Vietnam’s prime minister has urged a greater U.S. role in preventing militarization and island-building in the South China Sea, the government said on Tuesday, in a rare call for Washington’s support to curb Beijing’s maritime expansionism.
During a summit of Southeast Asian countries in California on Monday, premier Nguyen Tan Dung suggested to U.S. President Barack Obama that Washington uses a stronger voice and “more practical and more efficient actions”, in comments likely to rile China.
Tension has spiked since Beijing’s construction of seven islands in the Spratly archipelago.
“Prime Minister Dung suggested the United States has a stronger voice and more practical and more efficient actions requesting termination of all activities changing the status quo,” the government said on its news website.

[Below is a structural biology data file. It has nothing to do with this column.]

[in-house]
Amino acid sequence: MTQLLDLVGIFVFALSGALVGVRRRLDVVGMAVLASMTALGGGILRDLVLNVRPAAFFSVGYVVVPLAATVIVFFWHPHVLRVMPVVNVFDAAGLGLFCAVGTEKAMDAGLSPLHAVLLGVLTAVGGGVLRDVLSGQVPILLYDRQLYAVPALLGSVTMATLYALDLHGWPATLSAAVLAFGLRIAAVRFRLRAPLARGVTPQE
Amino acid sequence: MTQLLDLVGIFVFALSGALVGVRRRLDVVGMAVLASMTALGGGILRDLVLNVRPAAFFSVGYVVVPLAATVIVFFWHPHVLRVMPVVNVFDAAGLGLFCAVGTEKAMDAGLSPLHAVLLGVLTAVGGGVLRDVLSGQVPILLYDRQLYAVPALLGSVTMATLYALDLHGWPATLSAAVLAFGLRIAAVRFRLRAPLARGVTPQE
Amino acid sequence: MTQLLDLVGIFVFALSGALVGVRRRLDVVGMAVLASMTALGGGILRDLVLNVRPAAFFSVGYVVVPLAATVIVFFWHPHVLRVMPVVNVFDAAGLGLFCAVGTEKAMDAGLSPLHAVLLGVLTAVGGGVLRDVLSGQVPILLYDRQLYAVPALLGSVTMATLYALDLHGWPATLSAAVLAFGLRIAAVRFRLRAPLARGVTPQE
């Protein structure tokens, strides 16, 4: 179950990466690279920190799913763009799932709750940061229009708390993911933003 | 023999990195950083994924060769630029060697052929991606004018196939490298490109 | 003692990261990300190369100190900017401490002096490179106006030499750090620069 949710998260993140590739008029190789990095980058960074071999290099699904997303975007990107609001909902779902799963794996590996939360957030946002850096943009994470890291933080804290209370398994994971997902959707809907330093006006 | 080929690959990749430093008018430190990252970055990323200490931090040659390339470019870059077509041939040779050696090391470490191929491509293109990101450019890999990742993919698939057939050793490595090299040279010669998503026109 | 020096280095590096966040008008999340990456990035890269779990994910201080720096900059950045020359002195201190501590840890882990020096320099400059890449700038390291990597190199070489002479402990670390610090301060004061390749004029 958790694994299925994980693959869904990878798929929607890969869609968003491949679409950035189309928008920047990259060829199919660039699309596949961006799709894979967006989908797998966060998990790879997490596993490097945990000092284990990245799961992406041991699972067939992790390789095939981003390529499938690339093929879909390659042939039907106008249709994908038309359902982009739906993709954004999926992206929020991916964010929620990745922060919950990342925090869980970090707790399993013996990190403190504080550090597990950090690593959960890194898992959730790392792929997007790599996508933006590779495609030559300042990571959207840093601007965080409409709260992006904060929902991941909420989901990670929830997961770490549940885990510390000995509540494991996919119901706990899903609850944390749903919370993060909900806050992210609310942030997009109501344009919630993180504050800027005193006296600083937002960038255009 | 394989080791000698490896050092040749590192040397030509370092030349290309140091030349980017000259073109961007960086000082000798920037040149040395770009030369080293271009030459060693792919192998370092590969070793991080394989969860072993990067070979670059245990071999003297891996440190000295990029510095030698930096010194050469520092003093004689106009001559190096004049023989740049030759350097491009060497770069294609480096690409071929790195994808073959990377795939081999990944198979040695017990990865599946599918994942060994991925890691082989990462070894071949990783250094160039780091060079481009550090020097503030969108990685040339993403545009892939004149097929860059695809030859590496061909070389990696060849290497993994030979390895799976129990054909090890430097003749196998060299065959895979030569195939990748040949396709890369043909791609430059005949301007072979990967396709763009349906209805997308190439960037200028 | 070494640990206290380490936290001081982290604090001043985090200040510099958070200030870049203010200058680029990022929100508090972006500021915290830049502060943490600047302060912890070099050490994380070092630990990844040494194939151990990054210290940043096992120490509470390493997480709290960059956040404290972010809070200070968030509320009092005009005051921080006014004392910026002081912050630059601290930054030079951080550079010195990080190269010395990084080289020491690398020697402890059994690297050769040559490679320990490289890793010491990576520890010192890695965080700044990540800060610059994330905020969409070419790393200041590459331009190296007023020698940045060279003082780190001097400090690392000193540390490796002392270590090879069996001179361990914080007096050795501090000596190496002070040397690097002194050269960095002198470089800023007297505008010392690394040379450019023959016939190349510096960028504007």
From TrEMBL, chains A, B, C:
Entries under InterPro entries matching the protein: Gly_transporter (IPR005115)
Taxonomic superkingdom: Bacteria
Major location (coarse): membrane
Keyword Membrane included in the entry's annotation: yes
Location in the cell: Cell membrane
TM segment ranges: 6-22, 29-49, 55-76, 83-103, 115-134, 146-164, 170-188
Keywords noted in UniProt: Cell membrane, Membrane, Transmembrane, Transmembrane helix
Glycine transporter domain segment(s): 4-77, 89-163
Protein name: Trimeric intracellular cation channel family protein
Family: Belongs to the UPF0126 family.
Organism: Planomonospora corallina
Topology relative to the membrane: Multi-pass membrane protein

The statement did not specifically name China, but it said Dung was referring especially to “large-scale construction of artificial islands” and “militarization”.
With a large U-shaped line on its official maps, China claims most of the South China Sea. Malaysia, the Philippines, Taiwan, Brunei and Vietnam have rival claims.
Obama and allies from Southeast Asia will turn their attention to China on Tuesday on the second day of a summit intended to improve trade and provide a united front on maritime disputes with Beijing.